But also, because I’m some kind of weirdo masochist, whenever I see a recipe that just seems kinda wrong, I have to try it. When I saw this recipe a few years ago, my interest was doubly piqued because my husband loathes–absolutely loathes–Dr. Pepper. Remember those charming commercials where the cute guy in suspenders dances around, urging us to “Be a Pepper/drink Dr. Pepper?” My husband wasn’t even tempted after watching those little slices of entertainment. Okay, I’ll amend that statement. He was tempted once. And then immediately declared Dr. Pepper the nastiest shit on the planet.
I just couldn’t resist. The original recipe, courtesy of Jamie Purviance, was just too dang odd to pass up. And frankly, Jamie Purviance’s cookbook, weber’s Way to Grill, has become sort of my warm-weather bible. Not one thing I’ve made from his cookbook has turned out anything less than swoon-worthy. And I mean swoon. Mr. JP knows his way around the grill, ladies and gents.
I had to tinker around with the recipe, because the original calls for pork loin, and our family just isn’t big enough for a pork roast. We’d be oinking around for the rest of the week if I made a whole loin of pork.
My solution was to use pork tenderloin instead. I felt good about this substitution, because in addition to the waste issue, pork tenderloin is a lean, fighting, protein machine. If I used the tenderloin, I could baste it in Dr. Pepper sauce and still feel just fine about it.
Pork tenderloin cooks fast, so I knew I’d have to adapt the recipe even further, since the original calls for the pork to cook in the sauce and self-baste. I didn’t think that would work with tenderloin, so I cooked the sauce on the stove and basted the pork just after grilling, then tented the whole shebang with foil for 8-10 minutes. After slicing the pork into medallions, I dumped them back into the Dr. Pepper bath, tossed a few times, and served.
Hel-lo Pepper People! This is hot-dang good. The sauce is complex, smoky, sweet-spicy, and truly a lovely complement to pork. everybody (with the exception of Miss M., who eats nothing) liked the sauce, although I added more spice to the “adult-sauce” pot.
Spring may be dragging her heels over here, but I can’t wait until I can make this again. Put this on your list of summer must-do’s.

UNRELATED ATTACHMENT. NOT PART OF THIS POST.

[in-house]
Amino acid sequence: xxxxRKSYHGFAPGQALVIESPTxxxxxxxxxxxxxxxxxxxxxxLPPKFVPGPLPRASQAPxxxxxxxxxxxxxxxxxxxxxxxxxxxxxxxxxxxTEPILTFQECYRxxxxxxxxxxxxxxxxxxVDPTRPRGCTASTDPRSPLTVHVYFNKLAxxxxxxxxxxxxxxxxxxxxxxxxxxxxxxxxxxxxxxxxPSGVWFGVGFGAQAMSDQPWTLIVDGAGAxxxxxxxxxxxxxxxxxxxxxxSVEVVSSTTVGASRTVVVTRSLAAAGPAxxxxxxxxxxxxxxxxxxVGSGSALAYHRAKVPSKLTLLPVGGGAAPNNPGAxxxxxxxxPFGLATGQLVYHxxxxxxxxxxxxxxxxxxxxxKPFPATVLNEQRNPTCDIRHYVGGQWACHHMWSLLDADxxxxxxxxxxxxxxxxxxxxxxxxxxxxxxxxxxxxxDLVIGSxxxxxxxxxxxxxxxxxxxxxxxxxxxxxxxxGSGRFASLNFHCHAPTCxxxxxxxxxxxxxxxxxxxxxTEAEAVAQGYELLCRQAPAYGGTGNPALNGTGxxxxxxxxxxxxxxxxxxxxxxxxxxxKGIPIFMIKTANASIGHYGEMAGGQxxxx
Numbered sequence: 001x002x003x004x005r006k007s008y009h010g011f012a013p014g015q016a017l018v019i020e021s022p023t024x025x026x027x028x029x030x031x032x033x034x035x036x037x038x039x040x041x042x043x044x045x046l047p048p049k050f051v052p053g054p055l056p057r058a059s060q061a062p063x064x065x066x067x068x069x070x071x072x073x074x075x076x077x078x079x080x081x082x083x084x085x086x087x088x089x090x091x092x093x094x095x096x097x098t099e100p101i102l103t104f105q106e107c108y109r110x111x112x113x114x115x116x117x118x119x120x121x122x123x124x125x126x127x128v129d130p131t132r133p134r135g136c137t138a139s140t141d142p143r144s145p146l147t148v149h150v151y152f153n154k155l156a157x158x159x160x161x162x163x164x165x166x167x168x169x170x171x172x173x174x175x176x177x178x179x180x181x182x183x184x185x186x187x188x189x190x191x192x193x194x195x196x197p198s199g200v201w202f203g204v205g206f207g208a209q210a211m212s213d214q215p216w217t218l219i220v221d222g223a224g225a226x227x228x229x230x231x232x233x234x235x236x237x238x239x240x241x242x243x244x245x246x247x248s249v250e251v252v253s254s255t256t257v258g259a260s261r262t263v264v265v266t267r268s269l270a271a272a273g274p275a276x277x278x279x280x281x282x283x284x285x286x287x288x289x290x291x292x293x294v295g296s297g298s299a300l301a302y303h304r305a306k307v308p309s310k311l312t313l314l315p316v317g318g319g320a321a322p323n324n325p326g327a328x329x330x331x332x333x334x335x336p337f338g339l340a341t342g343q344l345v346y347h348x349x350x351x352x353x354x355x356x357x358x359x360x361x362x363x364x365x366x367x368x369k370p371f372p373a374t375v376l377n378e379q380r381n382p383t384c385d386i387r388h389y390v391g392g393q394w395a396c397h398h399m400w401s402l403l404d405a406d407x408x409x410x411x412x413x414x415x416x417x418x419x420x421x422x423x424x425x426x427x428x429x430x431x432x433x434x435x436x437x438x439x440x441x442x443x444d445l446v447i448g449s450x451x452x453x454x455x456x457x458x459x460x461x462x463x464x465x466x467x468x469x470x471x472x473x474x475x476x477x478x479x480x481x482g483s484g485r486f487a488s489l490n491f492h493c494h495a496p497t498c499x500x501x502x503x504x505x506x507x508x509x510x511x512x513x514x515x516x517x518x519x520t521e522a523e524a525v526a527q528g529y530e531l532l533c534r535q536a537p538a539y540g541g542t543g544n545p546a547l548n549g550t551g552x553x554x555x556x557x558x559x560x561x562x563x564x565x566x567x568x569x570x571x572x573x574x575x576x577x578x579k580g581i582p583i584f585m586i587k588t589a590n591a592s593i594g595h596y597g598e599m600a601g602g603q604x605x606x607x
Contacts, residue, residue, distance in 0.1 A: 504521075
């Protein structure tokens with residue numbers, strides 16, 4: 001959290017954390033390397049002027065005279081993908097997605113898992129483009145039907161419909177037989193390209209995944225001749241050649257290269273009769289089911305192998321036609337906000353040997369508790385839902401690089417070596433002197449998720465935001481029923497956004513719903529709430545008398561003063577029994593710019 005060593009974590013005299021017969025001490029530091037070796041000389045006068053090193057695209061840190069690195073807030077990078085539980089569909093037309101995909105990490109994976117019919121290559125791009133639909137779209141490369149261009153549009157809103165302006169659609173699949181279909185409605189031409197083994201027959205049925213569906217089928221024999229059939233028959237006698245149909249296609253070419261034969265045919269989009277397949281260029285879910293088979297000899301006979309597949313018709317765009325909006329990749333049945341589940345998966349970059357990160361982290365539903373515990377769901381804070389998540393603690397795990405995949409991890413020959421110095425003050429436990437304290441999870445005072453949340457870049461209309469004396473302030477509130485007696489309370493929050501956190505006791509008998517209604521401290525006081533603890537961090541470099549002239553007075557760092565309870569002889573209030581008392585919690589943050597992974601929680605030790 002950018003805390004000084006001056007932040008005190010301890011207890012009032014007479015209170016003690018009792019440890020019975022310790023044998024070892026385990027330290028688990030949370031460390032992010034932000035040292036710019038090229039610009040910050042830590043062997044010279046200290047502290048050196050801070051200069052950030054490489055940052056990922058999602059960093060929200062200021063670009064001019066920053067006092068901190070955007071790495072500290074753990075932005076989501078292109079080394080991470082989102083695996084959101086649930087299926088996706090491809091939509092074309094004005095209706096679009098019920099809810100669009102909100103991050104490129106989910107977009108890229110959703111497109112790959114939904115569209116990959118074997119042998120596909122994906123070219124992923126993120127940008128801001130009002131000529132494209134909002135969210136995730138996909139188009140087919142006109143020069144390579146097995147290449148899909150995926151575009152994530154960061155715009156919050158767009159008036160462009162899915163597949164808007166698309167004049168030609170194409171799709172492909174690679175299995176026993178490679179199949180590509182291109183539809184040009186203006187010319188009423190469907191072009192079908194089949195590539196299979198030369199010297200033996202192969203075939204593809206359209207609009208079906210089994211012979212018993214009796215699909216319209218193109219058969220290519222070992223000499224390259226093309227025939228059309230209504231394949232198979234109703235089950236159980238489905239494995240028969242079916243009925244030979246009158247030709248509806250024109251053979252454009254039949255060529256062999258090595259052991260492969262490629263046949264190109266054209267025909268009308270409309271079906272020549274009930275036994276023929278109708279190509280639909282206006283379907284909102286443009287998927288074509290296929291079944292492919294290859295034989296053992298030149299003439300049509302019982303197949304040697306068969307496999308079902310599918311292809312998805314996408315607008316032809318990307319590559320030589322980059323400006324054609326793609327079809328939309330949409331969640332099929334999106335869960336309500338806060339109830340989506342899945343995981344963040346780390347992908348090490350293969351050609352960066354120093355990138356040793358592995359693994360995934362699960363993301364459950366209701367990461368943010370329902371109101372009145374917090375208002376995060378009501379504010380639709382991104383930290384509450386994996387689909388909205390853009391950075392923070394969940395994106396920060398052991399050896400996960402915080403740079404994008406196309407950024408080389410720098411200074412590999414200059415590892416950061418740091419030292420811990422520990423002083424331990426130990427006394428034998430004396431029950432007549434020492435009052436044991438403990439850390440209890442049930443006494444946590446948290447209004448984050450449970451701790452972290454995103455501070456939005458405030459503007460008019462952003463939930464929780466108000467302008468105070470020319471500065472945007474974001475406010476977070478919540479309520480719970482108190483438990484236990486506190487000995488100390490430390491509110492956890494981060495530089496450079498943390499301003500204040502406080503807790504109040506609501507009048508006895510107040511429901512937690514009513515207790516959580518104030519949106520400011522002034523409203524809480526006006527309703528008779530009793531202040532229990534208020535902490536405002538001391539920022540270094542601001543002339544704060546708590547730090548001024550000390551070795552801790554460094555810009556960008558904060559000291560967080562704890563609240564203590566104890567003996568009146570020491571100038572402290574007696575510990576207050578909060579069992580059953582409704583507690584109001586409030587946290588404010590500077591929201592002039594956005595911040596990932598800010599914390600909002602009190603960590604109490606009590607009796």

I hope you all are having a wonderful kickoff to summer and spending the weekend with people who bring you joy. I sure feel lucky to be doing so.
Dr. Pepper Pork
adapted from Jamie Purviance’s Soda-Brined Pork Loin with Cherry-Chipotle Glaze from weber’s Way to Grill
4 cups Dr. Pepper (don’t use the diet kind or you’ll be sad)
1/2 cup kosher salt
2 pork tenderloins (each about 1 pound), trimmed of silver skin
1 jar (6-ounces) tart cherry preserves
1/2 cup Dr. Pepper
1/2 cup beer or water
1-2 tablespoons minced canned chipotle chile in adobo
4 teaspoons Dijon mustard
dash garlic salt and black pepper
For brine: In a very large bowl, pour the Dr. Pepper in. Slowly add the salt; it will foam up quite a bit. Whisk until the salt completely dissolves. Remove the fat and silver skin from the pork. Place brine in a large Ziploc bag and add pork. Seal and refrigerate at least 2 hours (I marinated mine overnight).
Combine glaze ingredients in a heavy medium saucepan and whisk well. Bring to a boil over medium heat and reduce until glaze is thickened, about 10 minutes. If mixture gets too thick, add a little water. Set aside.
Meanwhile, heat grill to medium. Pat tenderloins dry. Grill over direct medium heat, lid closed, 15-20 minutes, turning the tenderloins every 5 minutes. Pork should be at 150 degrees on a meat thermometer before taking off the grill.
Brush the pork with a little glaze and tent the pork with foil; let rest at least 8 minutes. Slice into pork into medallions and toss with remaining glaze.